It’s not just the turkeys who start looking nervously when American Thanksgiving rolls around.
Later this week marks the quarter mark in the National Hockey League season when underwhelming teams take stock, dispense with talk of ‘it’s still early’ and make hard choices on changes before it gets too close to Christmas.
Firings behind the bench, trades, call-ups and a look at free agents who’ve been biding their time skating solo (hello Patrick Kane) could be on the table.
For the Maple Leafs it looks a lot less disruptive than the start of November portended. After an eventful week that began with back-to-back home wins and a voyage to Sweden that yielded two more, they have four days off before U.S. holiday matches in Chicago and Pittsburgh.
It has become an autumn Toronto tradition to put Sheldon Keefe on the hot seat for sluggish starts, usually a carry-over from first-round playoff losses. He’s learned to take such rumours of his demise in stride, given the team’s most recent streak adds to him owning the best regular season winning percentage of any coach in the top 100 of league history (now at .620).
But unlike past stumbles out of the box, this could be about as good as it gets for Keefe. His best players are at peak production, led by Core Four forwards who’ve accounted for 38 of all 62 team goals. The rest, most notably newcomers Tyler Bertuzzi, Max Domi and injured defenceman John Klingberg have lagged from summer expectations.
Bertuzzi has finally found a home on second line left wing with William Nylander and John Tavares, though in Sunday’s 4-3 win over Minnesota he was relatively quiet with one shot on goal and a couple of misses in 16:15 of ice time.
A 20-goal man last year, Domi has yet to light the lamp here, but looks a lot more fluid with extra room at third line centre the past few games than restricted to the left side. The up-tick with both men will likely keep the top three lines together once the Leafs shake the jet lag and return to practice mid-week.
Klingberg, however, might require time on injured reserve for unspecified lower body pain that has hampered his skating and sidelined him from both games in Sweden.
The Leafs are looking around at defencemen, but which team isn’t, and they still have an ‘X’ factor in Connor Timmins. Leading the NHL in preseason scoring when he aggravated a knee injury, Timmins was in Sweden though it was decided the extra week’s rehab time was better than re-activating him over there for one game.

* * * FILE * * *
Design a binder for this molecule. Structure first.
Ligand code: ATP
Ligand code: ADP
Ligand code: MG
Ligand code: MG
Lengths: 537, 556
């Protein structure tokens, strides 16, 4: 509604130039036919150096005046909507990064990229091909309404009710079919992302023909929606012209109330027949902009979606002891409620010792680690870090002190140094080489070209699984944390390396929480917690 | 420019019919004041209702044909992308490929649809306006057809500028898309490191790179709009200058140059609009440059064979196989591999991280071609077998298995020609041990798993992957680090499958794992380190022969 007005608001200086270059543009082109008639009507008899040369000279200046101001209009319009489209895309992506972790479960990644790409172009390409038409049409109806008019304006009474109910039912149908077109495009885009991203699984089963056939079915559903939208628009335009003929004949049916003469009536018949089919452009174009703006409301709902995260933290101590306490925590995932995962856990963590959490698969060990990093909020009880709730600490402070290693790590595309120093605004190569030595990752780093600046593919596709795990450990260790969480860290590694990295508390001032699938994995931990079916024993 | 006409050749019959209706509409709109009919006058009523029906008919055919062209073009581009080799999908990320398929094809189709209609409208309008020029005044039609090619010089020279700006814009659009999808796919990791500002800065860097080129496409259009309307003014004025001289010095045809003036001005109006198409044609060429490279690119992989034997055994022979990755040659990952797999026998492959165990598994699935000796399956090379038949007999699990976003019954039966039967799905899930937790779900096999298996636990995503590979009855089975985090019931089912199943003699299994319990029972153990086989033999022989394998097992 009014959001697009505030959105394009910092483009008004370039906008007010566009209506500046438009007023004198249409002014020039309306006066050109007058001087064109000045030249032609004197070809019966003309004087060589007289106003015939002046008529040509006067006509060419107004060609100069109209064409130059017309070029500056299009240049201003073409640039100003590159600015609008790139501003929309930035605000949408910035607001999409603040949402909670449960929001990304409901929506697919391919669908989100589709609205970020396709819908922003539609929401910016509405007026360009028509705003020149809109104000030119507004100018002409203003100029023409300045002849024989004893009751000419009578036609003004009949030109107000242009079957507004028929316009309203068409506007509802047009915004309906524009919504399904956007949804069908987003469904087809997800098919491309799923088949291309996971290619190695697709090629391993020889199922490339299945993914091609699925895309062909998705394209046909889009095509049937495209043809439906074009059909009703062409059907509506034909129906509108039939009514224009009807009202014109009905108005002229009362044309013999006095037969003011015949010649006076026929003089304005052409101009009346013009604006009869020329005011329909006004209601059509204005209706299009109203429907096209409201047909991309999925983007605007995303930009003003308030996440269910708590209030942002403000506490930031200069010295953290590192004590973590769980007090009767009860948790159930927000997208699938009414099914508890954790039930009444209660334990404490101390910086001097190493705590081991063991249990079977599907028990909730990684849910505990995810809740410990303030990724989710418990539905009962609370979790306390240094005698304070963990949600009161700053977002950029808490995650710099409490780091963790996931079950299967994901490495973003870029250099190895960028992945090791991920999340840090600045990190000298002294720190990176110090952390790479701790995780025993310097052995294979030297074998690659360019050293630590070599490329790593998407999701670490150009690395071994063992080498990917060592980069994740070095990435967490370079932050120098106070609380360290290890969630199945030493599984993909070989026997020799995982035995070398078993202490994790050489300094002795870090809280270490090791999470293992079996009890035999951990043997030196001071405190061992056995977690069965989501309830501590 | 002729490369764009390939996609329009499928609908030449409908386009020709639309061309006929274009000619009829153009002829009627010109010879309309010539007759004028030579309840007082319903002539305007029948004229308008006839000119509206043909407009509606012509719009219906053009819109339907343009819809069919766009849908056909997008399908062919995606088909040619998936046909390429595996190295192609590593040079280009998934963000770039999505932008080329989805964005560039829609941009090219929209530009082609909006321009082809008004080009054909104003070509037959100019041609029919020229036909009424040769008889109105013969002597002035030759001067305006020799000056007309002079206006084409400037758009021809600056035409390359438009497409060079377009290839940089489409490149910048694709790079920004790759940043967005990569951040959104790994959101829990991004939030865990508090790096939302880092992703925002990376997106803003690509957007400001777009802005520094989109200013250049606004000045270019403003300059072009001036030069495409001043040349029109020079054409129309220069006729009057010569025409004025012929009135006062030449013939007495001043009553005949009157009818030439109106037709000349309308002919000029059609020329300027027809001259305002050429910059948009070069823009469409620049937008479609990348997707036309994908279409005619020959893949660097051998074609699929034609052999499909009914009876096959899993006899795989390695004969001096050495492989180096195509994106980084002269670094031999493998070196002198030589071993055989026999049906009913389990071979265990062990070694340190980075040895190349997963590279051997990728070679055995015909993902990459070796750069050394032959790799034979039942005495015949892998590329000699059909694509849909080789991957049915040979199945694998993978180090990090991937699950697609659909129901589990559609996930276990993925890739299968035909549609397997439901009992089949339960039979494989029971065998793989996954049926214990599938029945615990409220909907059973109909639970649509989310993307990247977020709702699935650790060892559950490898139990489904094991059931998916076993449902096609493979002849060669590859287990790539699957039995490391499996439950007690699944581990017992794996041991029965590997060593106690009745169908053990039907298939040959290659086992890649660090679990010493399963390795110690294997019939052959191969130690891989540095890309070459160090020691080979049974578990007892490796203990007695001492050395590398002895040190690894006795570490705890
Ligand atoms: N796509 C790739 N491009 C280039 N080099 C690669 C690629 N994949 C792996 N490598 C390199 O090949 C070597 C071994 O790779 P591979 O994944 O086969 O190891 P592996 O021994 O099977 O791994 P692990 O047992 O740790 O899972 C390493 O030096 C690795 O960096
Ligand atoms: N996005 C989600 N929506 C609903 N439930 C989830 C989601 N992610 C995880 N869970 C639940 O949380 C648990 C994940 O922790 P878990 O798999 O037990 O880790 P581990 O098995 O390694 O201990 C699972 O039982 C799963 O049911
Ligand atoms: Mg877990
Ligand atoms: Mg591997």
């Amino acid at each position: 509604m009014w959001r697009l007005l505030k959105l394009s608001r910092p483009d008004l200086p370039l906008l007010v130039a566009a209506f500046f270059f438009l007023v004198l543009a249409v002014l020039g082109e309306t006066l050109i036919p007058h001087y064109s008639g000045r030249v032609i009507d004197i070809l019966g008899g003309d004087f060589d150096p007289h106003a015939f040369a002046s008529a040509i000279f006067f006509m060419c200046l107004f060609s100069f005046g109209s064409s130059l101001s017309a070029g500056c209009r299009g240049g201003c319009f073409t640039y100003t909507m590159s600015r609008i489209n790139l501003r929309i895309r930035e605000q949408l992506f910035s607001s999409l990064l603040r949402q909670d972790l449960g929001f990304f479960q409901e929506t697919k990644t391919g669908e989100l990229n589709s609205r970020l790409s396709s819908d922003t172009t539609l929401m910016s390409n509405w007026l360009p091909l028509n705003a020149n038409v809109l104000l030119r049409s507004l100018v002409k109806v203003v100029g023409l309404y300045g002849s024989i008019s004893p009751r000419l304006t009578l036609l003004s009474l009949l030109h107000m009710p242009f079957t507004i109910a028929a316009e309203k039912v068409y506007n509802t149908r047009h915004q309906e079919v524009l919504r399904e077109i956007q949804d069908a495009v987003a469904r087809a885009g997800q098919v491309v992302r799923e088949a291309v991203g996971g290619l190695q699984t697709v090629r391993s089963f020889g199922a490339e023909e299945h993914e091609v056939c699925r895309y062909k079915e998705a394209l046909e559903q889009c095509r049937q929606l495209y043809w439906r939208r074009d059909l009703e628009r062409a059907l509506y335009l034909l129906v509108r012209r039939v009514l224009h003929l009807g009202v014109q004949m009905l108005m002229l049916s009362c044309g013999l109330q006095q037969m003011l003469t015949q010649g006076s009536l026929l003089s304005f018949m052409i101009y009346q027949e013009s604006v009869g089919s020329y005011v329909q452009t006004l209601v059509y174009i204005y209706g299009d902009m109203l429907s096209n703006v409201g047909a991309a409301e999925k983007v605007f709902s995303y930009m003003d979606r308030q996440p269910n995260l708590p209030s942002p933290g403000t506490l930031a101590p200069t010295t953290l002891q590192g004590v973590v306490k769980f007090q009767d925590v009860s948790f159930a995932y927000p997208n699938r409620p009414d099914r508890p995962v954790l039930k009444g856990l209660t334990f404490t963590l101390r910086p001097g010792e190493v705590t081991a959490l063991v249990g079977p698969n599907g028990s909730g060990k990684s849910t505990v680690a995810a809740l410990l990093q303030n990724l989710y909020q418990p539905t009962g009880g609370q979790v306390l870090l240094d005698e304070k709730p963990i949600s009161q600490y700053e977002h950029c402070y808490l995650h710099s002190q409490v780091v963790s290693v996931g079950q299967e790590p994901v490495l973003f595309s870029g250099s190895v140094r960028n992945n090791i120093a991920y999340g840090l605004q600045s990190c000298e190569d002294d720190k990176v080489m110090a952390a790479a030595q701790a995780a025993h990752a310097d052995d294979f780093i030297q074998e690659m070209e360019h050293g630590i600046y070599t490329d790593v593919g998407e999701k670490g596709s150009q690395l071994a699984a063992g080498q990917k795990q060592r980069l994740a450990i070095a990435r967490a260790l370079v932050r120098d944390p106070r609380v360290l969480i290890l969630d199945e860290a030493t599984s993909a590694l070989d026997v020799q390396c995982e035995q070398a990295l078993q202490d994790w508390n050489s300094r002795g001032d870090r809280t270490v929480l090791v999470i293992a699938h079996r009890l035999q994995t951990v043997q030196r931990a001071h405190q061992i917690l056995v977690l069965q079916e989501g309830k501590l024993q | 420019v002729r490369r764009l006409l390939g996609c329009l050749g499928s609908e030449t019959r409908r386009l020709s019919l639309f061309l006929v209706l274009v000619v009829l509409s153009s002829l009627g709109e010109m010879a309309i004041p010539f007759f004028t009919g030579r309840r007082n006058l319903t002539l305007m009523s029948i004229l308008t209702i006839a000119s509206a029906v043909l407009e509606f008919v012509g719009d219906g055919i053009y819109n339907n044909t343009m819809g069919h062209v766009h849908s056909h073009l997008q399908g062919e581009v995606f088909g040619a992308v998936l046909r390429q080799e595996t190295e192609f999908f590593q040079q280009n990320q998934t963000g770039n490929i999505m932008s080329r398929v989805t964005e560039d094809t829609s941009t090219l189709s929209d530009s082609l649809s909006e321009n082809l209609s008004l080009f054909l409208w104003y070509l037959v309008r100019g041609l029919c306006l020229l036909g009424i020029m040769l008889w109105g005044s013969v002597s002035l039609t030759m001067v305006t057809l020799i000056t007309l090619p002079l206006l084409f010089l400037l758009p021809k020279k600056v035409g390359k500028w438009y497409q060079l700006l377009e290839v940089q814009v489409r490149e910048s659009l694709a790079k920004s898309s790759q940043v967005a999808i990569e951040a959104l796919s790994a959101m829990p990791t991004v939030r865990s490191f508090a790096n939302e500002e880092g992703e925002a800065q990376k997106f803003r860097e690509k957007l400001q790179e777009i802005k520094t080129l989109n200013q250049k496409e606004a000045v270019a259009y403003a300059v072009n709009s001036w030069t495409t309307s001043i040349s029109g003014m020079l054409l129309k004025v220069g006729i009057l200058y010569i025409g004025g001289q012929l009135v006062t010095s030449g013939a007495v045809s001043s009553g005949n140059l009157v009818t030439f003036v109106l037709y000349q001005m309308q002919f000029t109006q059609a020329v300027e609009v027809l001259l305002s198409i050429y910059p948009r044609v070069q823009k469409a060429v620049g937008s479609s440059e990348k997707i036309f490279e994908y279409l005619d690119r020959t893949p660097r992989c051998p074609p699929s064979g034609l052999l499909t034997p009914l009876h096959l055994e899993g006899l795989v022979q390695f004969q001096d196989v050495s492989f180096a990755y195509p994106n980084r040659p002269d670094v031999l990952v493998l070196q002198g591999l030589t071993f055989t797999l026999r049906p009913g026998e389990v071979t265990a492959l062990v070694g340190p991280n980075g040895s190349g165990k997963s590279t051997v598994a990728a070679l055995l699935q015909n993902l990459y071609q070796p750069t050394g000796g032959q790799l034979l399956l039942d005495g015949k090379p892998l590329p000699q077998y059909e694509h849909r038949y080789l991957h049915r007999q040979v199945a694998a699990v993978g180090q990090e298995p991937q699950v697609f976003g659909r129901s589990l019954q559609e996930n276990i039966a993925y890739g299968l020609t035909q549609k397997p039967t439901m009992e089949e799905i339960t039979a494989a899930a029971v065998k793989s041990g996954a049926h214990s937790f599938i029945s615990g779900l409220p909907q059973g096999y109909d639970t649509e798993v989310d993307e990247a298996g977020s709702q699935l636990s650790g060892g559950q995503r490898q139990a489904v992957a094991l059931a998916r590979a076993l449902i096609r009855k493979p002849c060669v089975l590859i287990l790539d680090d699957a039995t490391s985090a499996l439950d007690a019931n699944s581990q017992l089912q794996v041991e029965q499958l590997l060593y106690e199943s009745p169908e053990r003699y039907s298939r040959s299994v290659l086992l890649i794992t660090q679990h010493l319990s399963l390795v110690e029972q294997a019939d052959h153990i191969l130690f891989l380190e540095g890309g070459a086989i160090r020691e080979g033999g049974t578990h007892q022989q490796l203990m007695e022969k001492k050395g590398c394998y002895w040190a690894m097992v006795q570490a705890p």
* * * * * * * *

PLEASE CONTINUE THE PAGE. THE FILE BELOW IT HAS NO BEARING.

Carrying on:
William Lagesson and Simon Benoit have substituted for both Klingberg, Timmins and the longer term absence of Timothy Liljegren, with little complications. But six left-handed shots on game night still carries a risk when the Leafs have to pass under pressure.
It will be interesting to see how Keefe employs fourth line right winger Ryan Reaves looking ahead. While no one expected the aging enforcer to initiate a brawl every game, he’s been too low key physically for the liking of some critics, He’s not the fastest or most skilled forward, – again, hardly a revelation – but after being minus-2 a week ago Friday against Calgary, the Leafs called up Bobby McMann on a newly constructed energy line with David Kampf and Noah Gregor. What rough stuff was tried on the Leafs sparked a sorely needed team-wide response.
Nick Robertson and McMann turned their recalls into positives and the biggest depth issue with the Marlies farm team now is rewarding other forwards who’ve stayed hot, such as winger Alex Steeves.
This fan base being its Nervous Nelly selves will still require lots of convincing that Keefe and the Leafs are on the right track. Inconsistent goaltending has been prominent, with Ilya Samsonov earning a little love back with two wins after frequent hooks, while it has been rookie Joseph Woll’s turn to give up a couple of goals the talking heads like to call “one he’d like to have back”.
Everyone will wonder if the Swedish trip took too much out of them, though getting past this weekend trip without incident, maybe gaining a split, would nicely set up the next three at home and the four-day break to follow.